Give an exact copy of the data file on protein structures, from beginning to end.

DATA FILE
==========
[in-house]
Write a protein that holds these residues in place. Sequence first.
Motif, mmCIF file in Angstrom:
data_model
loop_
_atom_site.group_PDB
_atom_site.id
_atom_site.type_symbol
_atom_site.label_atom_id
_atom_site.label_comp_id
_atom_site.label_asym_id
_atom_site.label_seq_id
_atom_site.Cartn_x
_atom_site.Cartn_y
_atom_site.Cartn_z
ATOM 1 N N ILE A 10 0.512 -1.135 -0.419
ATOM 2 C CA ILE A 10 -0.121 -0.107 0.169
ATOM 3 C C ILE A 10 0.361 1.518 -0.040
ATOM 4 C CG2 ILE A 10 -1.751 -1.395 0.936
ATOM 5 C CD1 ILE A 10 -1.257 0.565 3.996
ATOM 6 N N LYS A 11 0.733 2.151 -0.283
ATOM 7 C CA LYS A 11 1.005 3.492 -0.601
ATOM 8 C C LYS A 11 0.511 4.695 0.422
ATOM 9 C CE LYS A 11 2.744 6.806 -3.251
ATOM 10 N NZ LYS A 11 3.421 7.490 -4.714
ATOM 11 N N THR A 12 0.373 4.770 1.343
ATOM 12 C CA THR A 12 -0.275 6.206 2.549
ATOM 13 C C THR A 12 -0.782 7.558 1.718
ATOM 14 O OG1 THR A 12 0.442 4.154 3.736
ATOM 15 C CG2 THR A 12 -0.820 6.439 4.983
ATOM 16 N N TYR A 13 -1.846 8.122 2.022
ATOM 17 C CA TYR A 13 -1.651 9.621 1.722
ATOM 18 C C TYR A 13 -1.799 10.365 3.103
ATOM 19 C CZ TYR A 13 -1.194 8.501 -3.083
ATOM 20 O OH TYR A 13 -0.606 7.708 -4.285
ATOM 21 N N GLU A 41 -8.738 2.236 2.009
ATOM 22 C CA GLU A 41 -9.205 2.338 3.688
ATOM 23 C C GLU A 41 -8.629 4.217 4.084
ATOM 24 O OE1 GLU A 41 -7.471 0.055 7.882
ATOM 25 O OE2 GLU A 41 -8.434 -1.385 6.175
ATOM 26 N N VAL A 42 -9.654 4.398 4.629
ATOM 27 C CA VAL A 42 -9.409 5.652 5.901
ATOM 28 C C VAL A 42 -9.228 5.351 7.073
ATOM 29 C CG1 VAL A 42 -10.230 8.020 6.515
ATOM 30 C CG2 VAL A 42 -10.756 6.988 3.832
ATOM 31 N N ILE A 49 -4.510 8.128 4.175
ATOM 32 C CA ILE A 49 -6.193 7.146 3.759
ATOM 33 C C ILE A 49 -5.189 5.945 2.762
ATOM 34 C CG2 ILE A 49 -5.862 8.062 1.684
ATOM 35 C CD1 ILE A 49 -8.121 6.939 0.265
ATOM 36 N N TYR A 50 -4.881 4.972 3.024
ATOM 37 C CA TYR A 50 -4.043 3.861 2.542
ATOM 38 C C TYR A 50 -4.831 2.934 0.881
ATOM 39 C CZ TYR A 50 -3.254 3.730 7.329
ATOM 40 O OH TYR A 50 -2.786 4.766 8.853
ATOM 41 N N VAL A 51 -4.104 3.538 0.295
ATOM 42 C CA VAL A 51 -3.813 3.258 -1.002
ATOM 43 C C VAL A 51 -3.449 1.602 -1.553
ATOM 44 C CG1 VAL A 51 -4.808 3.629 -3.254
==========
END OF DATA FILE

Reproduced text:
[in-house]
Write a protein that holds these residues in place. Sequence first.
Motif, mmCIF file in Angstrom:
data_model
loop_
_atom_site.group_PDB
_atom_site.id
_atom_site.type_symbol
_atom_site.label_atom_id
_atom_site.label_comp_id
_atom_site.label_asym_id
_atom_site.label_seq_id
_atom_site.Cartn_x
_atom_site.Cartn_y
_atom_site.Cartn_z
ATOM 1 N N ILE A 10 0.512 -1.135 -0.419
ATOM 2 C CA ILE A 10 -0.121 -0.107 0.169
ATOM 3 C C ILE A 10 0.361 1.518 -0.040
ATOM 4 C CG2 ILE A 10 -1.751 -1.395 0.936
ATOM 5 C CD1 ILE A 10 -1.257 0.565 3.996
ATOM 6 N N LYS A 11 0.733 2.151 -0.283
ATOM 7 C CA LYS A 11 1.005 3.492 -0.601
ATOM 8 C C LYS A 11 0.511 4.695 0.422
ATOM 9 C CE LYS A 11 2.744 6.806 -3.251
ATOM 10 N NZ LYS A 11 3.421 7.490 -4.714
ATOM 11 N N THR A 12 0.373 4.770 1.343
ATOM 12 C CA THR A 12 -0.275 6.206 2.549
ATOM 13 C C THR A 12 -0.782 7.558 1.718
ATOM 14 O OG1 THR A 12 0.442 4.154 3.736
ATOM 15 C CG2 THR A 12 -0.820 6.439 4.983
ATOM 16 N N TYR A 13 -1.846 8.122 2.022
ATOM 17 C CA TYR A 13 -1.651 9.621 1.722
ATOM 18 C C TYR A 13 -1.799 10.365 3.103
ATOM 19 C CZ TYR A 13 -1.194 8.501 -3.083
ATOM 20 O OH TYR A 13 -0.606 7.708 -4.285
ATOM 21 N N GLU A 41 -8.738 2.236 2.009
ATOM 22 C CA GLU A 41 -9.205 2.338 3.688
ATOM 23 C C GLU A 41 -8.629 4.217 4.084
ATOM 24 O OE1 GLU A 41 -7.471 0.055 7.882
ATOM 25 O OE2 GLU A 41 -8.434 -1.385 6.175
ATOM 26 N N VAL A 42 -9.654 4.398 4.629
ATOM 27 C CA VAL A 42 -9.409 5.652 5.901
ATOM 28 C C VAL A 42 -9.228 5.351 7.073
ATOM 29 C CG1 VAL A 42 -10.230 8.020 6.515
ATOM 30 C CG2 VAL A 42 -10.756 6.988 3.832
ATOM 31 N N ILE A 49 -4.510 8.128 4.175
ATOM 32 C CA ILE A 49 -6.193 7.146 3.759
ATOM 33 C C ILE A 49 -5.189 5.945 2.762
ATOM 34 C CG2 ILE A 49 -5.862 8.062 1.684
ATOM 35 C CD1 ILE A 49 -8.121 6.939 0.265
ATOM 36 N N TYR A 50 -4.881 4.972 3.024
ATOM 37 C CA TYR A 50 -4.043 3.861 2.542
ATOM 38 C C TYR A 50 -4.831 2.934 0.881
ATOM 39 C CZ TYR A 50 -3.254 3.730 7.329
ATOM 40 O OH TYR A 50 -2.786 4.766 8.853
ATOM 41 N N VAL A 51 -4.104 3.538 0.295
ATOM 42 C CA VAL A 51 -3.813 3.258 -1.002
ATOM 43 C C VAL A 51 -3.449 1.602 -1.553
ATOM 44 C CG1 VAL A 51 -4.808 3.629 -3.254